Delayed life history effects, multilevel selection, and evolutionary trade-offs in the California tiger salamander

Christopher A. Searcy, Levi N. Gray, Peter C. Trenham, H. Bradley Shaffer

Research output: Contribution to journalArticlepeer-review

20 Scopus citations


Delayed life history effects (DLHEs) occur when fitness in one life stage affects fitness in subsequent life stages. Given their biphasic life cycle, pond-breeding amphibians provide a natural system for studying DLHEs, although these effects are not restricted to species with biphasic life histories. In this study, we used multiple mark-recapture techniques enabled by a large trapping array to monitor components of fitness and resulting DLHEs in a population of the endangered California tiger salamander (Ambystoma californiense). We found that DLHEs are prominent across all life stage transitions and that there is variation in whether selection acts primarily at the individual or cohort level. We also demonstrated that there is more than an order of magnitude variation in mean cohort fitness, providing tremendous variation for DLHEs to act upon. We documented an evolutionary trade-off between mass at emergence and date of emergence, which may play a role in maintaining the variation in mass (fitness) at emergence. A literature review revealed that such high levels of intercohort variation occur in many other pond-breeding amphibians, and that appropriately documenting the magnitude of intercohort variation requires long-term studies (roughly two population turnovers). Given the profound effect that DLHEs can have on population dynamics, quantifying intercohort variation in mean fitness and the level(s) at which selection acts will be very important for developing accurate models of population dynamics. In general, when developing models of population dynamics, more attention should be paid to variation in mean fitness and not just variation in total numbers.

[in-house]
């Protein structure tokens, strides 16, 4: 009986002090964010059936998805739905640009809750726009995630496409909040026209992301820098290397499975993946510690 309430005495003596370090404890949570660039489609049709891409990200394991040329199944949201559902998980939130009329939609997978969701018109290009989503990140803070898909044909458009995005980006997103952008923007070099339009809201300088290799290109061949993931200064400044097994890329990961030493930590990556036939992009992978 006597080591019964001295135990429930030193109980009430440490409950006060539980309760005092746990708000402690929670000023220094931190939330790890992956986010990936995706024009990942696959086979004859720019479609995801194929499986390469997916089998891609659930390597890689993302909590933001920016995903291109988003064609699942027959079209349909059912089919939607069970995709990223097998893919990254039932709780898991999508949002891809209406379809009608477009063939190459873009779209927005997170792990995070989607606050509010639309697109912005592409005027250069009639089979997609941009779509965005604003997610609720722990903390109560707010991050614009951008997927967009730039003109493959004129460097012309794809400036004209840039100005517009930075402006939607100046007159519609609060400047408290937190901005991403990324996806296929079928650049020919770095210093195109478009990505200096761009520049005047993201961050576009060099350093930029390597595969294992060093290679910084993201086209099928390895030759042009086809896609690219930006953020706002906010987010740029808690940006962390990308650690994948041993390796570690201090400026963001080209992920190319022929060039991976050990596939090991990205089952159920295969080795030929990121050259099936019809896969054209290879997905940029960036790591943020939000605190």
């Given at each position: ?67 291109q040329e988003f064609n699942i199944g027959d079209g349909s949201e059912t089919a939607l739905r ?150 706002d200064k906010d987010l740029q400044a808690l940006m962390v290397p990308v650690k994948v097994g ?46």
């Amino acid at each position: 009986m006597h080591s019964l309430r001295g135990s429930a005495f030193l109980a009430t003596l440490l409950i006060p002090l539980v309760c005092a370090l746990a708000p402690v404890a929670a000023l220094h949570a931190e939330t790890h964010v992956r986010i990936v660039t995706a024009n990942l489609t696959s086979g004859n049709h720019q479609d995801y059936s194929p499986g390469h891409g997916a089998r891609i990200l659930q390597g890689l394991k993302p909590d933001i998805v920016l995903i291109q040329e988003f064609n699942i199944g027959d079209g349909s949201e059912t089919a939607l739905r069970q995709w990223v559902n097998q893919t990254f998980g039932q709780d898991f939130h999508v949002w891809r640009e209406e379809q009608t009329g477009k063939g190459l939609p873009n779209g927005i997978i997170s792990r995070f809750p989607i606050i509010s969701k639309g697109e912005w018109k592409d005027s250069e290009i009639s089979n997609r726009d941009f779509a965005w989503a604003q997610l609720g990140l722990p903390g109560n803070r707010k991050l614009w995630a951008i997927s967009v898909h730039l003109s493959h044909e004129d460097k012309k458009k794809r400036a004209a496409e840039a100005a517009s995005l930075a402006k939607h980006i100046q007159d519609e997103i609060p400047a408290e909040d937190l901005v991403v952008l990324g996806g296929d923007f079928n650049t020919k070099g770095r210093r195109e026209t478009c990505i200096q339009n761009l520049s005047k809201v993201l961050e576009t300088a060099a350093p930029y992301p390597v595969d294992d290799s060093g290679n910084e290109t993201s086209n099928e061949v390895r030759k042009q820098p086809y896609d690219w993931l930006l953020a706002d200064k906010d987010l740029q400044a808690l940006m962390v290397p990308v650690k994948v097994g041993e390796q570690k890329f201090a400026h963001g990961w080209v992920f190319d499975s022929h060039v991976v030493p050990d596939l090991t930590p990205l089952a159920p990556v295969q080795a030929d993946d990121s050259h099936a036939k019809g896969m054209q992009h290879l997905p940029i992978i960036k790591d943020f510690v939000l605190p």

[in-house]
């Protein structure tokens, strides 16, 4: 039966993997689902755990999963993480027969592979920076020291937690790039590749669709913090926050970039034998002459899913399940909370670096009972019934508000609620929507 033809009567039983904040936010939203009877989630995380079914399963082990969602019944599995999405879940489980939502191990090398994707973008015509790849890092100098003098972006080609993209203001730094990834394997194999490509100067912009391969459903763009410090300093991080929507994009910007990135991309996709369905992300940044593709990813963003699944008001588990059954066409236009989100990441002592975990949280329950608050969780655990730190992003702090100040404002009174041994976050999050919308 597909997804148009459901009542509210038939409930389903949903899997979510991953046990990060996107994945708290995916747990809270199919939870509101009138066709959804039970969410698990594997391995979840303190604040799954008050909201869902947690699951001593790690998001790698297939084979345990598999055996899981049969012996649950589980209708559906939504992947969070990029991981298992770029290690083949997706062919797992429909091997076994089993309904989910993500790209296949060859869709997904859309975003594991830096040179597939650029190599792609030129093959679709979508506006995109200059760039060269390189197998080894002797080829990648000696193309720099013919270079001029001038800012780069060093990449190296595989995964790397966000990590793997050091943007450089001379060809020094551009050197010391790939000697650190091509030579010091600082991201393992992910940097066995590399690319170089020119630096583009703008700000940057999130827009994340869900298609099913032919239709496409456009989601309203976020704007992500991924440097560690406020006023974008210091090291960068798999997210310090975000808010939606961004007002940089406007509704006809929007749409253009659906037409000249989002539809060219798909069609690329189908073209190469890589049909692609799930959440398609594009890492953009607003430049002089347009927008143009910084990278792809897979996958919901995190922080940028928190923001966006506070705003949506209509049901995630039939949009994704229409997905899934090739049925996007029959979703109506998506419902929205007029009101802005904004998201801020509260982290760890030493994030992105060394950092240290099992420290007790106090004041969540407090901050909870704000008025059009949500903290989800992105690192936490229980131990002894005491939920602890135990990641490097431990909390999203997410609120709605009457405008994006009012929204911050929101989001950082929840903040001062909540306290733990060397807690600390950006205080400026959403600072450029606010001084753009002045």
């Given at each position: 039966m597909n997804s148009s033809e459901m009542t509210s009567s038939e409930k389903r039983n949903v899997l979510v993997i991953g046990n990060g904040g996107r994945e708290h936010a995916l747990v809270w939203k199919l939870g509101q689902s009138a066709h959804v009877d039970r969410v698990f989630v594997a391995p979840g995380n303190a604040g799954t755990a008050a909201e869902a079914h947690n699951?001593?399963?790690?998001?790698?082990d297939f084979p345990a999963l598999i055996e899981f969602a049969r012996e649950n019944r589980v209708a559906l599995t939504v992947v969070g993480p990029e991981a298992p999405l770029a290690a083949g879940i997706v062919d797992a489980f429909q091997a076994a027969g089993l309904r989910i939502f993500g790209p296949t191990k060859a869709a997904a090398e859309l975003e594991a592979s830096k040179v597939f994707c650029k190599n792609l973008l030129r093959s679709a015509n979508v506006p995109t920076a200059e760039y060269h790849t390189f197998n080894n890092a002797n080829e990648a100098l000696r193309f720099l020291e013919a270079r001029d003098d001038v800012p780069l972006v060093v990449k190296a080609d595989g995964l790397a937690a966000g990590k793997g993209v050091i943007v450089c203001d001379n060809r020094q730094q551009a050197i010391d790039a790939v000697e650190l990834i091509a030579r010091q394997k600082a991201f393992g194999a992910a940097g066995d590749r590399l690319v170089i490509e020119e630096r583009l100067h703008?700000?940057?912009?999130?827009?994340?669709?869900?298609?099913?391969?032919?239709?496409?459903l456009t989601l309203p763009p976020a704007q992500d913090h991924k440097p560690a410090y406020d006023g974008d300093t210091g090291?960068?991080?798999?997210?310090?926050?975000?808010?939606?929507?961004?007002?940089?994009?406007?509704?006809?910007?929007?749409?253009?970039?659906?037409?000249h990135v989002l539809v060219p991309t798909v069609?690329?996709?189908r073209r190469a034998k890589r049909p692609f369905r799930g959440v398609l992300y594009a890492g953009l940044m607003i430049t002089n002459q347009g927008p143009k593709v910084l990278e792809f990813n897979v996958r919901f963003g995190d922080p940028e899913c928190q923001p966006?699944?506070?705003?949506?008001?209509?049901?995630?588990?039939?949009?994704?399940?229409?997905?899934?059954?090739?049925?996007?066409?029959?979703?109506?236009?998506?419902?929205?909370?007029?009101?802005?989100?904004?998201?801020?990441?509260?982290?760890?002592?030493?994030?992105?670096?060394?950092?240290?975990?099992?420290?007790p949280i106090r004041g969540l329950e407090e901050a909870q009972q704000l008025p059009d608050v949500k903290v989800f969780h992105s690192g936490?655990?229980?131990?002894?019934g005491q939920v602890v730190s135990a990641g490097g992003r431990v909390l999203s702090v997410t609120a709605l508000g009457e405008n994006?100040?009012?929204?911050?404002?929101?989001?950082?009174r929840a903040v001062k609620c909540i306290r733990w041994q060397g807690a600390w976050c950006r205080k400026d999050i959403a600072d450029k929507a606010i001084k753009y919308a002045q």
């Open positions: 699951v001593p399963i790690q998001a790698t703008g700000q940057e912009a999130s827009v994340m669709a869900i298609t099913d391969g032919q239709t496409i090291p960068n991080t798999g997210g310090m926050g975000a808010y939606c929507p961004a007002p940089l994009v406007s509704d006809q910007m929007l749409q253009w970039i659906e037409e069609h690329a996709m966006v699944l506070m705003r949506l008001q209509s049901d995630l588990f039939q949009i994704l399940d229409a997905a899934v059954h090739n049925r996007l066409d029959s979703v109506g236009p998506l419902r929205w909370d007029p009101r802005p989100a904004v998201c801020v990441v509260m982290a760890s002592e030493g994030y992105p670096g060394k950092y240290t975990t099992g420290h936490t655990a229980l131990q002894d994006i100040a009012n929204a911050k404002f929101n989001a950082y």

Original languageEnglish (US)
Pages (from-to)68-77
Number of pages10
Issue number1
StatePublished - Jan 2014
Externally publishedYes


  • Ambystoma californiense
  • California
  • California tiger salamander
  • Contextual analysis
  • Date of emergence
  • Intercohort variation
  • Jepson Prairie Preserve
  • Mass at emergence
  • Pondbreeding amphibian
  • Population turnover
  • Selection gradient
  • USA

ASJC Scopus subject areas

  • Ecology, Evolution, Behavior and Systematics


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